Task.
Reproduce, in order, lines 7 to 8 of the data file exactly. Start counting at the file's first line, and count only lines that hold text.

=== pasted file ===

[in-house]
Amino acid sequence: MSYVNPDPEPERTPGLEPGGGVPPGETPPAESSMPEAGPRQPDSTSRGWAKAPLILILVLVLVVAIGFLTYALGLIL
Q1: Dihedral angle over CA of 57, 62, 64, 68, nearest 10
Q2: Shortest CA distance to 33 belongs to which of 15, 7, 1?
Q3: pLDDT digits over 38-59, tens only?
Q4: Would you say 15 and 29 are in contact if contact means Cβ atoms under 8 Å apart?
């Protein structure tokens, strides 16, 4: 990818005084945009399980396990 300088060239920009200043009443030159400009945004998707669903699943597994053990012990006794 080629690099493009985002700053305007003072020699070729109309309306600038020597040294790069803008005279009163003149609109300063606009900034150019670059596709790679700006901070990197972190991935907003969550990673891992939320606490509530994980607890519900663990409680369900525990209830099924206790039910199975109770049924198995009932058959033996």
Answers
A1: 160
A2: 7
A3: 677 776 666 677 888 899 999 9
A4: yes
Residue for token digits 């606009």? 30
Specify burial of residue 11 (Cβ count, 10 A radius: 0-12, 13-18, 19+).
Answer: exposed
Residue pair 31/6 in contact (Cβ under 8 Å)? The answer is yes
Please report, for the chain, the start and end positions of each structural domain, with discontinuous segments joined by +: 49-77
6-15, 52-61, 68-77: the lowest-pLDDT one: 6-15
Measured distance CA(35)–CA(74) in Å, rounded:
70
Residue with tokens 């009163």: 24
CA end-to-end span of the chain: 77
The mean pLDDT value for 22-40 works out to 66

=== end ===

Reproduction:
């Protein structure tokens, strides 16, 4: 990818005084945009399980396990 300088060239920009200043009443030159400009945004998707669903699943597994053990012990006794 080629690099493009985002700053305007003072020699070729109309309306600038020597040294790069803008005279009163003149609109300063606009900034150019670059596709790679700006901070990197972190991935907003969550990673891992939320606490509530994980607890519900663990409680369900525990209830099924206790039910199975109770049924198995009932058959033996």
Answers